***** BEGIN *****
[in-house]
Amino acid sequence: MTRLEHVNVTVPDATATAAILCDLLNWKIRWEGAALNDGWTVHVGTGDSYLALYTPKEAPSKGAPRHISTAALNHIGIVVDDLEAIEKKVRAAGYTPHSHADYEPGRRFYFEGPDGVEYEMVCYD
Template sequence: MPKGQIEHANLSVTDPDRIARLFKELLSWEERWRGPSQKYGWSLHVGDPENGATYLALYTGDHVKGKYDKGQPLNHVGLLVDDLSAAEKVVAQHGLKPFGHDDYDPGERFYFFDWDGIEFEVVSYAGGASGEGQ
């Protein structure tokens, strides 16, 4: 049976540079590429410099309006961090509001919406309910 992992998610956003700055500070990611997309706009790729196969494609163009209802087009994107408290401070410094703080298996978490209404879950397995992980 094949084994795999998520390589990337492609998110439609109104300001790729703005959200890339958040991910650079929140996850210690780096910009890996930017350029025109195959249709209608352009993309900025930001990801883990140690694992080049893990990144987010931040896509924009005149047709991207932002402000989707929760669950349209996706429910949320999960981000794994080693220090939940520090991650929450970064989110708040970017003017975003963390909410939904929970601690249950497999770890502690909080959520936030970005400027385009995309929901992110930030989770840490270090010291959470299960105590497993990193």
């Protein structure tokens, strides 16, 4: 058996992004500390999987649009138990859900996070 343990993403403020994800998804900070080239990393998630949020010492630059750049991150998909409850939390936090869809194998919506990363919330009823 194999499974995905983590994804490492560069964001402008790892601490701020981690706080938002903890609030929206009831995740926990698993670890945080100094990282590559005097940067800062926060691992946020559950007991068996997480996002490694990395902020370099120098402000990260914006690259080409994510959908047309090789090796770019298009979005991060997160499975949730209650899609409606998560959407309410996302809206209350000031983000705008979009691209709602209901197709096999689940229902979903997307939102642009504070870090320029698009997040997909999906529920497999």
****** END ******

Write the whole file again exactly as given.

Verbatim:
[in-house]
Amino acid sequence: MTRLEHVNVTVPDATATAAILCDLLNWKIRWEGAALNDGWTVHVGTGDSYLALYTPKEAPSKGAPRHISTAALNHIGIVVDDLEAIEKKVRAAGYTPHSHADYEPGRRFYFEGPDGVEYEMVCYD
Template sequence: MPKGQIEHANLSVTDPDRIARLFKELLSWEERWRGPSQKYGWSLHVGDPENGATYLALYTGDHVKGKYDKGQPLNHVGLLVDDLSAAEKVVAQHGLKPFGHDDYDPGERFYFFDWDGIEFEVVSYAGGASGEGQ
């Protein structure tokens, strides 16, 4: 049976540079590429410099309006961090509001919406309910 992992998610956003700055500070990611997309706009790729196969494609163009209802087009994107408290401070410094703080298996978490209404879950397995992980 094949084994795999998520390589990337492609998110439609109104300001790729703005959200890339958040991910650079929140996850210690780096910009890996930017350029025109195959249709209608352009993309900025930001990801883990140690694992080049893990990144987010931040896509924009005149047709991207932002402000989707929760669950349209996706429910949320999960981000794994080693220090939940520090991650929450970064989110708040970017003017975003963390909410939904929970601690249950497999770890502690909080959520936030970005400027385009995309929901992110930030989770840490270090010291959470299960105590497993990193």
């Protein structure tokens, strides 16, 4: 058996992004500390999987649009138990859900996070 343990993403403020994800998804900070080239990393998630949020010492630059750049991150998909409850939390936090869809194998919506990363919330009823 194999499974995905983590994804490492560069964001402008790892601490701020981690706080938002903890609030929206009831995740926990698993670890945080100094990282590559005097940067800062926060691992946020559950007991068996997480996002490694990395902020370099120098402000990260914006690259080409994510959908047309090789090796770019298009979005991060997160499975949730209650899609409606998560959407309410996302809206209350000031983000705008979009691209709602209901197709096999689940229902979903997307939102642009504070870090320029698009997040997909999906529920497999």